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Booker T. Washington Catches the Late Train

America's Forgotten Heroes

The Daily Wire


53.9K Ratings

🗓️ 4 July 2021

⏱️ 57 minutes

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Born into slavery on a Virginia plantation, Booker T. Washington’s relentless pursuit of an education would eventually bring him such renown that he would become the first Black American ever invited to a private dinner at the White House. Surrounded by bigotry, his advancement looked by what seemed overwhelming obstacles at every turn, his superhuman discipline, relentless persistence and willingness to work not only earned himself a first-rate education; his attitude had been so impressive, and his achievements so notable, that he was offered the position of Director of the Tuskegee Institute, the first source of higher education for blacks in the deep south. He arrived at Tuskegee to discover that there was no Tuskegee Institute: no buildings, no property and no staff. Through sheer force of character, he found a way to to raise a magnificent brick structure on the ground of a formerly abandoned plantation, and would start a partnership that would eventually be responsible for over five thousand individual school buildings for black students all across the South. His message of hard work, self-reliance, good will and personal discipline won him the respect, admiration and assistance of the same Southern Whites that had once owned him as property, and his example of self-respect and friendly cooperation is one we could use very much today. Learn more about your ad choices. Visit podcastchoices.com/adchoices

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Booker T. Washington, who died in the early morning hours of November 14, 1915, at age,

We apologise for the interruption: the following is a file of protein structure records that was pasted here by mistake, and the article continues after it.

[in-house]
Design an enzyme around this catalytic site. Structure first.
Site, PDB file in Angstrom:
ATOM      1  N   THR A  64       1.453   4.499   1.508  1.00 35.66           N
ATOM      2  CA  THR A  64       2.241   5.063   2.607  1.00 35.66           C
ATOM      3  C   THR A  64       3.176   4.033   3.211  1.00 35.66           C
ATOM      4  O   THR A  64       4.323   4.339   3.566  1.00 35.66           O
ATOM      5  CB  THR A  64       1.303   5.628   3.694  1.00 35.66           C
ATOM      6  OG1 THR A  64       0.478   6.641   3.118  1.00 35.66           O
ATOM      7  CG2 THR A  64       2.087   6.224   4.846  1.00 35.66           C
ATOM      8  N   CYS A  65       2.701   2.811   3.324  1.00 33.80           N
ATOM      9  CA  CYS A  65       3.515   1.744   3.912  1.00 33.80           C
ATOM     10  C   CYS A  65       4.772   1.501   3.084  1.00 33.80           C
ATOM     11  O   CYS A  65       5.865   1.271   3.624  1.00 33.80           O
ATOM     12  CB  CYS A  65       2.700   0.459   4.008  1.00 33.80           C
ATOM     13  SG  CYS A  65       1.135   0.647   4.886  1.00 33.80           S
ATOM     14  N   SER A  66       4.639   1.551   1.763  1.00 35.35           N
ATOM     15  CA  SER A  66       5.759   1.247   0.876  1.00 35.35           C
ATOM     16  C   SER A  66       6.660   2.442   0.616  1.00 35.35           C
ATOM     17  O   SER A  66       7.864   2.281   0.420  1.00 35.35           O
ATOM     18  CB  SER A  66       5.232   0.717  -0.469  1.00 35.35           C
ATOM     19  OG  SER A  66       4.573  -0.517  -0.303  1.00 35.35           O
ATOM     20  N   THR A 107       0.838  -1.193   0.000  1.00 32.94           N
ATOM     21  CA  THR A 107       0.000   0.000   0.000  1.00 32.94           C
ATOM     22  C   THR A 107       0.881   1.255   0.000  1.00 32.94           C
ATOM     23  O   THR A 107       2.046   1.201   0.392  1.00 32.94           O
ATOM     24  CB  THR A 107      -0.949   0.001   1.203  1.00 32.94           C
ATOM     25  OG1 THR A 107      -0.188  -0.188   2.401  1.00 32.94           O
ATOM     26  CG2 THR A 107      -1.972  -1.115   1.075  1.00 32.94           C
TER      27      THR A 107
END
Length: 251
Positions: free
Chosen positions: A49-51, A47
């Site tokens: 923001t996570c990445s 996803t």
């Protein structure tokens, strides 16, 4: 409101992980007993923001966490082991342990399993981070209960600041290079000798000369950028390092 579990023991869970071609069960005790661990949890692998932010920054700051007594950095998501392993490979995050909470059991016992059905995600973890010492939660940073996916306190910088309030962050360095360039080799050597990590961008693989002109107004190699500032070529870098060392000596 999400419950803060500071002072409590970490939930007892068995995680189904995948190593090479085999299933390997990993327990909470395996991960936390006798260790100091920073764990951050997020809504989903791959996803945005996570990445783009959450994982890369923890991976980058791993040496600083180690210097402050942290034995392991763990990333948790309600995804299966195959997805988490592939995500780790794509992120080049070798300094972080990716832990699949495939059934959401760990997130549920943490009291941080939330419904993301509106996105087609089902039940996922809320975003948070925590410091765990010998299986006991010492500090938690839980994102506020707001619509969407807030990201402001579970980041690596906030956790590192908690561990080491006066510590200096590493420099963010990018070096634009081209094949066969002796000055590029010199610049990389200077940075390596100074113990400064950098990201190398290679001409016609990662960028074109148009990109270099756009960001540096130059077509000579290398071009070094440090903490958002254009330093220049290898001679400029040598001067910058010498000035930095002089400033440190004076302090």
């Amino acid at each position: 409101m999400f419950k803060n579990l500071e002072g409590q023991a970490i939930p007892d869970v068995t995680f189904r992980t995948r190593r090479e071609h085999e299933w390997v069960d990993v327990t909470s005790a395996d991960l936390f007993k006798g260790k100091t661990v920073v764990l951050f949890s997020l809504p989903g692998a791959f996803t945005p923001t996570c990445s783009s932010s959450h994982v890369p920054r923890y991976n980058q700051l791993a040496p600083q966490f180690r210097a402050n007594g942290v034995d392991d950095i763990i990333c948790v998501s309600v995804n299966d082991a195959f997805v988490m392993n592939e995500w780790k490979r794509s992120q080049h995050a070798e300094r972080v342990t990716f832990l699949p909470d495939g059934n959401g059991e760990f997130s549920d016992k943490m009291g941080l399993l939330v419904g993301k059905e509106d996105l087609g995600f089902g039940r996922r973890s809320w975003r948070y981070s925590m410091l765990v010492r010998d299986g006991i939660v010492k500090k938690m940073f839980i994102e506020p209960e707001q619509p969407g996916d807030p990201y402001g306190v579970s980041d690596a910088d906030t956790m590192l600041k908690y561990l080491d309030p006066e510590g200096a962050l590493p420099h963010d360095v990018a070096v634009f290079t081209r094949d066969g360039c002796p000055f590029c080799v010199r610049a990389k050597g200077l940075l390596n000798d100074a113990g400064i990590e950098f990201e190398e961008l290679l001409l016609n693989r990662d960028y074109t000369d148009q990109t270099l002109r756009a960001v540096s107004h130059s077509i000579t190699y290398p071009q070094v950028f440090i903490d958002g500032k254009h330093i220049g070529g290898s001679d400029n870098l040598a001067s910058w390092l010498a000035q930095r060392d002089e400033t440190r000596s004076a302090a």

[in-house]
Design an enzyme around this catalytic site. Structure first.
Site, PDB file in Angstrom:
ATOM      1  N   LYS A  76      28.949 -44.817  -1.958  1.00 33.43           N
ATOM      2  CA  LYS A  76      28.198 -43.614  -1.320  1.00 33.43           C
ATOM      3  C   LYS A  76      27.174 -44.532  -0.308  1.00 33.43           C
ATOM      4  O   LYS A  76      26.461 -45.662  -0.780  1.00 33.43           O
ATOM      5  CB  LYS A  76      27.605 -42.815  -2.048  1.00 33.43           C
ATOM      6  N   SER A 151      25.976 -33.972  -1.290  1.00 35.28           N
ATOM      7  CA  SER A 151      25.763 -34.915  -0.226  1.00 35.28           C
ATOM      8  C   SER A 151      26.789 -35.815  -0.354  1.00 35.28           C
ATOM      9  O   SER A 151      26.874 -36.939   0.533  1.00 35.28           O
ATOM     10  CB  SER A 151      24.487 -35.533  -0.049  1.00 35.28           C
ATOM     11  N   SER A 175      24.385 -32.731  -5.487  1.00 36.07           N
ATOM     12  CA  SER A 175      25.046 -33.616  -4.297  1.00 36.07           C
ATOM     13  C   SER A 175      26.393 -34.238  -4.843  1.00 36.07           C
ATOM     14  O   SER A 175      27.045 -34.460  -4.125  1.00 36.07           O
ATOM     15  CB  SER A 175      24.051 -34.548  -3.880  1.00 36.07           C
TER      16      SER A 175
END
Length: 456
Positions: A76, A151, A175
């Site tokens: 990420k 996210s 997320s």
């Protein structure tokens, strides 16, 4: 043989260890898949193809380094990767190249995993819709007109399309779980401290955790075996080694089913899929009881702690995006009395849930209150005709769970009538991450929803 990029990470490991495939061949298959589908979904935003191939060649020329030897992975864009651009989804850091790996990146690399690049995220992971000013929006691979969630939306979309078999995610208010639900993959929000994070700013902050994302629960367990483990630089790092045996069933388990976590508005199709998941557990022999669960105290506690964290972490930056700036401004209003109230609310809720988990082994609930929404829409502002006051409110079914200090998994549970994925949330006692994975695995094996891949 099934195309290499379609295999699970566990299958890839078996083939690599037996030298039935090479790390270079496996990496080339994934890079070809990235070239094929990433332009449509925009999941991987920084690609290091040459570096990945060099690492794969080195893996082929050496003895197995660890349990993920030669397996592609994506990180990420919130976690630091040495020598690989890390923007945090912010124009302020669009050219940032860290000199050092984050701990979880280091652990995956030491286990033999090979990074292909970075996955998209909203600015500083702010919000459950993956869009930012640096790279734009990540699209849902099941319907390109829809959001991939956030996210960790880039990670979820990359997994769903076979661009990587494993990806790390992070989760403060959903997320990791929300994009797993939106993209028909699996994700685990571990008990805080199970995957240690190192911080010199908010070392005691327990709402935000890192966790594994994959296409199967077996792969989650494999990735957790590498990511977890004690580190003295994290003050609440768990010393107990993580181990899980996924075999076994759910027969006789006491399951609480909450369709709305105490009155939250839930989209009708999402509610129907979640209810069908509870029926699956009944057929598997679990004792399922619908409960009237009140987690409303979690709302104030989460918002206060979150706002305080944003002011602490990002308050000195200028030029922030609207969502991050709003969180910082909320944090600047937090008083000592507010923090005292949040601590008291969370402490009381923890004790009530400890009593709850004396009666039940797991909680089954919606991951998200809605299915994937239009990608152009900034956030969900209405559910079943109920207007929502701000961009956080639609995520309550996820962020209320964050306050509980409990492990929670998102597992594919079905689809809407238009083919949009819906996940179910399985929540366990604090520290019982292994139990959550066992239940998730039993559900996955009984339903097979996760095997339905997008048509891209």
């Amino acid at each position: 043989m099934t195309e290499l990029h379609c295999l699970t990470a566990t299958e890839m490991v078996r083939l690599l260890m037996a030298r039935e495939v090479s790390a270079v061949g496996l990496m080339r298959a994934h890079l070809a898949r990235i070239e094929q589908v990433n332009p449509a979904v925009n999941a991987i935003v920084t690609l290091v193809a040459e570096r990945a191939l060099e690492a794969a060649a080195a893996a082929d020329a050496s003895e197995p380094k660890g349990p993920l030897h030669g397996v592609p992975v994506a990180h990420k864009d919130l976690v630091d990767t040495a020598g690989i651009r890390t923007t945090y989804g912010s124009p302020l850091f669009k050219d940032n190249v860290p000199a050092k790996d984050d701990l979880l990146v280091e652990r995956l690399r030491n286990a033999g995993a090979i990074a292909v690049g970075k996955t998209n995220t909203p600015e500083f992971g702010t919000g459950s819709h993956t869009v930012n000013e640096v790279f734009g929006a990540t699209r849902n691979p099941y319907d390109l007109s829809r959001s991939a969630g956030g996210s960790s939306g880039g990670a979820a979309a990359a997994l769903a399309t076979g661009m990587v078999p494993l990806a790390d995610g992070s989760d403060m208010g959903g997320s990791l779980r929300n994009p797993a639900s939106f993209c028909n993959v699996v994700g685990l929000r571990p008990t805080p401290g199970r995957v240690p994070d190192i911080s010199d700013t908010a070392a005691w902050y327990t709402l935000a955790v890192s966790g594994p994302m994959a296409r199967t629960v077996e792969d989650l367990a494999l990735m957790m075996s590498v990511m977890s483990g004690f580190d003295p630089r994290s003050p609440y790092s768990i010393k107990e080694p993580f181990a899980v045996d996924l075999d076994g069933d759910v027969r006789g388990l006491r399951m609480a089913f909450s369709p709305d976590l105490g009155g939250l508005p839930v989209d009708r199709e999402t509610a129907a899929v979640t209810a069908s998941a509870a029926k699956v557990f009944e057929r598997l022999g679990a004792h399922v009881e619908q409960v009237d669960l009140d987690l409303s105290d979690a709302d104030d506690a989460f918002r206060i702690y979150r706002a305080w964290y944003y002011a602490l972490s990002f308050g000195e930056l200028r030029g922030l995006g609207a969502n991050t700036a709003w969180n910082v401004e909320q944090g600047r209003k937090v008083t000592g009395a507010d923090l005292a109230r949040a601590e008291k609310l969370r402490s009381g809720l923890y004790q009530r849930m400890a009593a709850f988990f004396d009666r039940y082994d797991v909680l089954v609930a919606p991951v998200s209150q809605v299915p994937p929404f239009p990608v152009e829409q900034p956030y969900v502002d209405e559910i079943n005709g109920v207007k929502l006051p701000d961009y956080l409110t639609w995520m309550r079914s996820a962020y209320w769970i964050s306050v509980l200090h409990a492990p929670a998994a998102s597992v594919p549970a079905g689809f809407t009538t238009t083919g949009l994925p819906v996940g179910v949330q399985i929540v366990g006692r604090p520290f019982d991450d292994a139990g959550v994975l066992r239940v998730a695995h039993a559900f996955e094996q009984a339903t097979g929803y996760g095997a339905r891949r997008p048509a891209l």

well nobody knows how old he was. He leased the ball. He never had a birthday because


he never knew the day on which he was born. He couldn't say if he was a Torres or Aquarius


or an Aries or a Scorpio because no one ever recorded the month in which he was born. He didn't


even really know which year he'd been born in either but he was reasonably sure it was either


1855 or 1856. The white family that owned the plantation where he was born near Hillsford, Virginia


also owned the people that work on it. They owned Booker T. Washington. There was no question about


that. He was their property. He could be bought or sold at their pleasure. He had a dollar value.


Low at the time of his birth but as he grew he would become more expensive. He'd reach his peak


selling price around the age of 17 and hold there until about 30. At which point the cost of buying


Booker T. Washington would begin to decline. If he lived into his 60s you could have owned him for


next to nothing. But all you have to do is read the first two or three pages of this man's autobiography


to realize that Booker T. Washington was not a slave. He had never been a slave and would never for


a single day of his life think or act or feel like a slave. Now he knew as well as any of the people


around him that he was in fact in bondage in the accounting books of the plantation owner he,


his mother and all the rest of them would be listed as a form of livestock like a horse or a pig.


But every single page of his autobiography up from slavery radiates such humanity, such wisdom


and compassion, such unimpeachable virtue and such incandescent intelligence that you immediately


know in your bones. That the words you are reading might have been written by a man in bondage,


a man legally owned by someone else. But words like these, thoughts like these could never have come


from a slave. You see up from slavery by Booker T. Washington born sometime around 1855 or 56


isn't about Black people and it isn't about white people. It's about slavery, mental slavery,


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